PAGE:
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KC@MIN: Doumit commits three errors in the eighth

MINNEAPOLIS -- P.J. Walters looked like he rediscovered his effectiveness.

Pitching in just his second Major League game on Wednesday night since June 13, Walters -- who missed nearly three months due to shoulder inflammation -- largely cruised through the first four innings of his start against the Royals. He allowed just two hits, with Salvador Perez's solo home run standing as the only well-struck ball.

Then came the fifth inning, and Walters' apparent march forward turned into a big step backward.

Kansas City's five-run, six-hit frame not only ended Walters' night, it erased the Twins' two-run lead and vaulted the Royals to a 10-5 victory in front of 28,139 fans at Target Field.

"He just couldn't get anybody out [in the fifth]," Twins manager Ron Gardenhire said. " ... He started getting the ball up and they broke a couple of bats -- but they're all hits, it doesn't matter. He couldn't get an out. Ball started flying all over the place. That was one bad inning."

Walters' troublesome fifth began with a leadoff walk to Eric Hosmer, who would bat again in the inning. Johnny Giavotella's ensuing single began a string of five straight hits against Walters, with David Lough, Alcides Escobar, Alex Gordon and Billy Butler all following suit. Escobar and Gordon each drove in a run with their singles while Butler's drove them both in.

The right-hander threw 22 pitches in the inning without recording an out -- enough for Gardenhire to send Walters to the dugout. Reliever Anthony Swarzak immediately fared better, retiring Perez via popout on his first pitch. Swarzak also induced a popout from Mike Moustakas before letting another runner cross home on Lorenzo Cain's single. Swarzak struck out Hosmer to end the frame.

Walters was charged with six runs on seven hits and two walks over four-plus innings. It was his second start since being reinstated from the disabled list on Sept. 1 -- after he allowed six runs on five hits across five innings against the White Sox on Sept. 5.

Walters is 0-2 with a 12.00 ERA over nine innings in his two outings since returning from the DL, but said fatigue wasn't an issue in the sudden derailment in the fifth against KC.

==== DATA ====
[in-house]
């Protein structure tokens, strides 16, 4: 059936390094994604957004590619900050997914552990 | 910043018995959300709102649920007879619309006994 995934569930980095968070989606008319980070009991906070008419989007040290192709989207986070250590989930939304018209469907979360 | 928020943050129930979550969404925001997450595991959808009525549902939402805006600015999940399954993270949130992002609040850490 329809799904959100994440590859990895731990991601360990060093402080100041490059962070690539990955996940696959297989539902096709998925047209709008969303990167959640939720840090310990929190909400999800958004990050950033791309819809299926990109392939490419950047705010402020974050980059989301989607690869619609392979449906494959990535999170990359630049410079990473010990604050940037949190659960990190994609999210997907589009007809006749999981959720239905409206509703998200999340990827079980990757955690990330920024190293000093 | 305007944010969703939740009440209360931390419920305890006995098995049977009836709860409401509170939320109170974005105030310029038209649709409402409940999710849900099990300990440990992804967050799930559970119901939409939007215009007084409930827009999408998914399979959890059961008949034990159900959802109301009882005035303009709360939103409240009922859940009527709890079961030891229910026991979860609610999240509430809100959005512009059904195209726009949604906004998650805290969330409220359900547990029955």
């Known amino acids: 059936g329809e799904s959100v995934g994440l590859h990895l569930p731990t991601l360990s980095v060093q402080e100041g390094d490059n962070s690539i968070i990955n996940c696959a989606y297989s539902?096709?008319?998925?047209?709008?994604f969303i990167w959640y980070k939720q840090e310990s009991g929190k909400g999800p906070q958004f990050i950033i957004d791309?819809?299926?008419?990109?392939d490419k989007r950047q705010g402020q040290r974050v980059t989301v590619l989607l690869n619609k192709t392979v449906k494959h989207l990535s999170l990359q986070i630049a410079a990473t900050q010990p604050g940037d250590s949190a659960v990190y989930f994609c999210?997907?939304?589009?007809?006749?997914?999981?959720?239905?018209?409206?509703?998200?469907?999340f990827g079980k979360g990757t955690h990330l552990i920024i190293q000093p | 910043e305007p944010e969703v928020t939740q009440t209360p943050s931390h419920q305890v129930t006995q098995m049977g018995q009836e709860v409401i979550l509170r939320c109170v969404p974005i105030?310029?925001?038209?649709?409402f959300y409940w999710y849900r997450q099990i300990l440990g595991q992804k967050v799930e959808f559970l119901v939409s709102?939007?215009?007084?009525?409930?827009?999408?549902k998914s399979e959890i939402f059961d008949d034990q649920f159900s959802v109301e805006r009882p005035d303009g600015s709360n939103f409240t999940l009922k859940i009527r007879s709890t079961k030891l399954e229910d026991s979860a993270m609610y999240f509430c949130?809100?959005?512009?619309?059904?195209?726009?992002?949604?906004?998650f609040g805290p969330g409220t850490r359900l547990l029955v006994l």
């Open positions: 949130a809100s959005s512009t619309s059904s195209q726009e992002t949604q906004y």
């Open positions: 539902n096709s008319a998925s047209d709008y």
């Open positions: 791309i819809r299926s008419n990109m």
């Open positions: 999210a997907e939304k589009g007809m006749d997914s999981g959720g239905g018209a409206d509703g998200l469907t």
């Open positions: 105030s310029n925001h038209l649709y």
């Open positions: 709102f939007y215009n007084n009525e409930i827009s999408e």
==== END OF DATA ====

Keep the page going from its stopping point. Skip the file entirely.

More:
"I felt fine tonight," Walters said. "It was just one inning -- went out there and walked the first batter and you get yourself in trouble, and it comes back to bite you."

The Twins didn't wait to cut into Kansas City's lead -- scoring two in the bottom of the inning on Jamey Carroll's single -- but could never put together a game-changing rally. Carroll's single extended his career-best hitting streak to 10 games as he hit sixth for the first time this season and matched a career high with three RBIs.

Minnesota trailed just 6-5 entering the eighth. Then disaster struck in the form of three errors by Doumit -- including two on one play -- leading to the first of four more runs for the Royals in the inning.

Hosmer led off with a single, then Doumit missed a ball to let Giavotella reach on his first error. Two batters later, Doumit misplayed Escobar's single to left field and fired an errant throw to the infield, allowing Hosmer to score. Giavotella, Escobar and Gordon also scored runs later in the inning.

Doumit, a catcher by trade, became the first Twins player to commit three errors in a game since Pedro Munoz on July 21, 1995, at Boston, and the first to be charged with three in one inning since shortstop Danny Thompson on Sept. 3, 1973, against the Royals, according to Elias Sports Bureau.

He's also the first Major League outfielder to commit three errors in the same inning since Sept. 9, 1989, when the Tigers' Scott Lusader did it against the White Sox.

Wednesday was just Doumit's 15th game this season in left field, a position he has taken up for the Twins out of necessity.

"I feel extremely comfortable [in left field]," Doumit said. "Tonight was just one of those nights. I just took my eye off the ball. When you take your eye of the ball, bad things happen. I'm going to have days like this.

"It's part of the learning curve -- it's embarrassing. But I'm going to learn from it and go out and get 'em tomorrow."

Escobar's troublesome single came on the 12th pitch of his at-bat against Minnesota reliever Casey Fien.

"Escobar's at-bat was phenomenal," Kansas City manager Ned Yost said. "It kind of epitomized it right there for us."

Royals starter Luke Hochevar scattered the Twins' five runs on six hits and four walks over five innings and picked up the win.

Minnesota took a 1-0 lead in the first, which was started by Denard Span's triple in his first at-bat since returning from the DL. Josh Willingham's single later drove in Span. Span also singled and scored in the third when Doumit drew a bases-loaded walk. Carroll's sacrifice fly also scored Willingham in the third.

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